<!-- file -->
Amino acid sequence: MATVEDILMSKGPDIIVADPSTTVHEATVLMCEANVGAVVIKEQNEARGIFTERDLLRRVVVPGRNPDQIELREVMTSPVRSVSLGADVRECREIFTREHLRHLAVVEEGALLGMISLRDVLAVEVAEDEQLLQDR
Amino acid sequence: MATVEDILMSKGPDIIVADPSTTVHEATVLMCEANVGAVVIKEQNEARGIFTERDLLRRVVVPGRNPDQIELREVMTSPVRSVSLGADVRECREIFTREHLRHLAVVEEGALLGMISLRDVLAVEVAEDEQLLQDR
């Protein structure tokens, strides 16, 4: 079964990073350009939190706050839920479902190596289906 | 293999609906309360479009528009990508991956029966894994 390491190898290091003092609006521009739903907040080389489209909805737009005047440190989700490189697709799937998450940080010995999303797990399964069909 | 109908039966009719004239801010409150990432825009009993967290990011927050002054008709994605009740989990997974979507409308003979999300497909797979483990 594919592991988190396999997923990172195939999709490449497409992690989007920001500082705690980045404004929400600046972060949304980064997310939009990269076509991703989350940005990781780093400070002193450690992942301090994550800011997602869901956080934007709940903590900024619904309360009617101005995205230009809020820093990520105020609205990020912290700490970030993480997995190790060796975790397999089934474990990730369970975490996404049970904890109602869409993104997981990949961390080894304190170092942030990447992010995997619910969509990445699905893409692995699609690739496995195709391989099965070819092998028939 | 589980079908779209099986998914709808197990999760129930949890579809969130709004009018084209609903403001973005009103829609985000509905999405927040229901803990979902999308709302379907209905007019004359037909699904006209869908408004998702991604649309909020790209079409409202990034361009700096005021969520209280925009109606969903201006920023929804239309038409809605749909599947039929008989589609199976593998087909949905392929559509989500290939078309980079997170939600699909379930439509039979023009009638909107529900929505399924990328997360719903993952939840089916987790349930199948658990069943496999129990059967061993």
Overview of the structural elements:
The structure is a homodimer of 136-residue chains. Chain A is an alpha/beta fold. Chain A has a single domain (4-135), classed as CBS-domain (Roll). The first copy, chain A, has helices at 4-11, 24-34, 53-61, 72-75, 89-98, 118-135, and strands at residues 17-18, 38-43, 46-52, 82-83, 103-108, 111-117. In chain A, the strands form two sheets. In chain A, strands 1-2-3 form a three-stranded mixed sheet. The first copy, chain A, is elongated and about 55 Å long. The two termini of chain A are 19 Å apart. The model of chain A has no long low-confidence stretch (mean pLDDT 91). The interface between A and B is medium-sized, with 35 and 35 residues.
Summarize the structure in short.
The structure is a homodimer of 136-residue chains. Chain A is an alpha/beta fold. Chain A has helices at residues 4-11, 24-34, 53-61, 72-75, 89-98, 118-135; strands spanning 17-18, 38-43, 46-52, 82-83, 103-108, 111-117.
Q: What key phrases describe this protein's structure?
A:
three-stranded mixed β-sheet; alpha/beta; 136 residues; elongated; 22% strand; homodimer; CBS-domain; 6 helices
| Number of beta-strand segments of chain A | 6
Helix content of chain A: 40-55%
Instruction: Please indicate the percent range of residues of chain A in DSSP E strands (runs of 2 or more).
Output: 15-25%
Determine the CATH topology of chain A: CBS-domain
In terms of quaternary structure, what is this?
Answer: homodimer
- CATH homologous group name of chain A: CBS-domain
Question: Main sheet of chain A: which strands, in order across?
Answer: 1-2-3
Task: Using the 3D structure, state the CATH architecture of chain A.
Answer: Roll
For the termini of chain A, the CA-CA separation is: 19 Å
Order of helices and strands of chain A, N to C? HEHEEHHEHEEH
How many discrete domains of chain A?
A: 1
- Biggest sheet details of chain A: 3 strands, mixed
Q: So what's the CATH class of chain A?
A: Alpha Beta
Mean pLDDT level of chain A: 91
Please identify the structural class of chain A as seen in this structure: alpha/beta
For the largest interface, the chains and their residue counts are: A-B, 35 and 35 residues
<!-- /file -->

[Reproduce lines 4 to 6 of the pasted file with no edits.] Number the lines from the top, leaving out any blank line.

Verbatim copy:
Overview of the structural elements:
The structure is a homodimer of 136-residue chains. Chain A is an alpha/beta fold. Chain A has a single domain (4-135), classed as CBS-domain (Roll). The first copy, chain A, has helices at 4-11, 24-34, 53-61, 72-75, 89-98, 118-135, and strands at residues 17-18, 38-43, 46-52, 82-83, 103-108, 111-117. In chain A, the strands form two sheets. In chain A, strands 1-2-3 form a three-stranded mixed sheet. The first copy, chain A, is elongated and about 55 Å long. The two termini of chain A are 19 Å apart. The model of chain A has no long low-confidence stretch (mean pLDDT 91). The interface between A and B is medium-sized, with 35 and 35 residues.
Summarize the structure in short.